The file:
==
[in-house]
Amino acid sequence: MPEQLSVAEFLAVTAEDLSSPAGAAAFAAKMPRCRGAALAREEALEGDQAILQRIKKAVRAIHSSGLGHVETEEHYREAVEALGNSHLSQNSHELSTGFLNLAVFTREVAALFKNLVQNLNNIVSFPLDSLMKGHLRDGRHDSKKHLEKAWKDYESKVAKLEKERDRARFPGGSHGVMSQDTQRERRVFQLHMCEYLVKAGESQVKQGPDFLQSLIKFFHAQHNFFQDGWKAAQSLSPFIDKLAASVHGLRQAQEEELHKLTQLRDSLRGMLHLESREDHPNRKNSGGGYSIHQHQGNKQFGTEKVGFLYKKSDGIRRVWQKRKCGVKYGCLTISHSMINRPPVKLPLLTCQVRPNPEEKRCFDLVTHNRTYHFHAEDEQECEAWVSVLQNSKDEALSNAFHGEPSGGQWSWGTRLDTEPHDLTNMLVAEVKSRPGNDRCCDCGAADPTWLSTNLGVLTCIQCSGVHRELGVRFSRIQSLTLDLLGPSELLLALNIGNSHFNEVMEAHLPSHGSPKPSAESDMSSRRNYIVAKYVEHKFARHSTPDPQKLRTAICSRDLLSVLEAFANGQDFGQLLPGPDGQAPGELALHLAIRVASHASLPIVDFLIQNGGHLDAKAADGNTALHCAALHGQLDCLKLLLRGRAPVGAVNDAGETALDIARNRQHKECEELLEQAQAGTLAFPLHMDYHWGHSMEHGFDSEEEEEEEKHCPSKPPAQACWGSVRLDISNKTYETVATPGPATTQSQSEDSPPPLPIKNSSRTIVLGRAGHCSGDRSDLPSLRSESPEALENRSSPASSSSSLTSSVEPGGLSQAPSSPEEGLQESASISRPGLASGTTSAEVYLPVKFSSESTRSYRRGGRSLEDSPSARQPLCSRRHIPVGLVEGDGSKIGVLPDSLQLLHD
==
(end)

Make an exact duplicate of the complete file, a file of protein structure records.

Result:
[in-house]
Amino acid sequence: MPEQLSVAEFLAVTAEDLSSPAGAAAFAAKMPRCRGAALAREEALEGDQAILQRIKKAVRAIHSSGLGHVETEEHYREAVEALGNSHLSQNSHELSTGFLNLAVFTREVAALFKNLVQNLNNIVSFPLDSLMKGHLRDGRHDSKKHLEKAWKDYESKVAKLEKERDRARFPGGSHGVMSQDTQRERRVFQLHMCEYLVKAGESQVKQGPDFLQSLIKFFHAQHNFFQDGWKAAQSLSPFIDKLAASVHGLRQAQEEELHKLTQLRDSLRGMLHLESREDHPNRKNSGGGYSIHQHQGNKQFGTEKVGFLYKKSDGIRRVWQKRKCGVKYGCLTISHSMINRPPVKLPLLTCQVRPNPEEKRCFDLVTHNRTYHFHAEDEQECEAWVSVLQNSKDEALSNAFHGEPSGGQWSWGTRLDTEPHDLTNMLVAEVKSRPGNDRCCDCGAADPTWLSTNLGVLTCIQCSGVHRELGVRFSRIQSLTLDLLGPSELLLALNIGNSHFNEVMEAHLPSHGSPKPSAESDMSSRRNYIVAKYVEHKFARHSTPDPQKLRTAICSRDLLSVLEAFANGQDFGQLLPGPDGQAPGELALHLAIRVASHASLPIVDFLIQNGGHLDAKAADGNTALHCAALHGQLDCLKLLLRGRAPVGAVNDAGETALDIARNRQHKECEELLEQAQAGTLAFPLHMDYHWGHSMEHGFDSEEEEEEEKHCPSKPPAQACWGSVRLDISNKTYETVATPGPATTQSQSEDSPPPLPIKNSSRTIVLGRAGHCSGDRSDLPSLRSESPEALENRSSPASSSSSLTSSVEPGGLSQAPSSPEEGLQESASISRPGLASGTTSAEVYLPVKFSSESTRSYRRGGRSLEDSPSARQPLCSRRHIPVGLVEGDGSKIGVLPDSLQLLHD